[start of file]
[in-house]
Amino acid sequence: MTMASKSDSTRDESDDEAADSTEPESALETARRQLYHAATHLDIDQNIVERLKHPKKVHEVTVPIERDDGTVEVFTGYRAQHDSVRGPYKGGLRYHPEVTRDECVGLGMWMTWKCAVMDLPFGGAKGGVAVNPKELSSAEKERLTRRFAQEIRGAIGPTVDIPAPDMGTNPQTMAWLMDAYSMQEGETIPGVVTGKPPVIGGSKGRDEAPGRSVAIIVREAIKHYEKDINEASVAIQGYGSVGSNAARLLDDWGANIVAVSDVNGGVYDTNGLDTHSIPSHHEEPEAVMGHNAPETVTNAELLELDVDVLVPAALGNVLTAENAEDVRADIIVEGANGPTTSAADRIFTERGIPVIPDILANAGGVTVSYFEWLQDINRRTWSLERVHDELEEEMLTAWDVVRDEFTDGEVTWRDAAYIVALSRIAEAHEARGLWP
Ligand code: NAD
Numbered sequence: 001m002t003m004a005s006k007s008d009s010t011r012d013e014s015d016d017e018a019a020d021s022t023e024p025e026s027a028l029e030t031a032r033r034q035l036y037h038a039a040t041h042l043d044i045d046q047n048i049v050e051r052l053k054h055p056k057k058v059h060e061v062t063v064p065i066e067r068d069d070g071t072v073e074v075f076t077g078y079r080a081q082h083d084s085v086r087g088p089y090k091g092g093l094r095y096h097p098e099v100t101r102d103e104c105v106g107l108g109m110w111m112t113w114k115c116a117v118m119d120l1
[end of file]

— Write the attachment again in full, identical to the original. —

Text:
[in-house]
Amino acid sequence: MTMASKSDSTRDESDDEAADSTEPESALETARRQLYHAATHLDIDQNIVERLKHPKKVHEVTVPIERDDGTVEVFTGYRAQHDSVRGPYKGGLRYHPEVTRDECVGLGMWMTWKCAVMDLPFGGAKGGVAVNPKELSSAEKERLTRRFAQEIRGAIGPTVDIPAPDMGTNPQTMAWLMDAYSMQEGETIPGVVTGKPPVIGGSKGRDEAPGRSVAIIVREAIKHYEKDINEASVAIQGYGSVGSNAARLLDDWGANIVAVSDVNGGVYDTNGLDTHSIPSHHEEPEAVMGHNAPETVTNAELLELDVDVLVPAALGNVLTAENAEDVRADIIVEGANGPTTSAADRIFTERGIPVIPDILANAGGVTVSYFEWLQDINRRTWSLERVHDELEEEMLTAWDVVRDEFTDGEVTWRDAAYIVALSRIAEAHEARGLWP
Ligand code: NAD
Numbered sequence: 001m002t003m004a005s006k007s008d009s010t011r012d013e014s015d016d017e018a019a020d021s022t023e024p025e026s027a028l029e030t031a032r033r034q035l036y037h038a039a040t041h042l043d044i045d046q047n048i049v050e051r052l053k054h055p056k057k058v059h060e061v062t063v064p065i066e067r068d069d070g071t072v073e074v075f076t077g078y079r080a081q082h083d084s085v086r087g088p089y090k091g092g093l094r095y096h097p098e099v100t101r102d103e104c105v106g107l108g109m110w111m112t113w114k115c116a117v118m119d120l1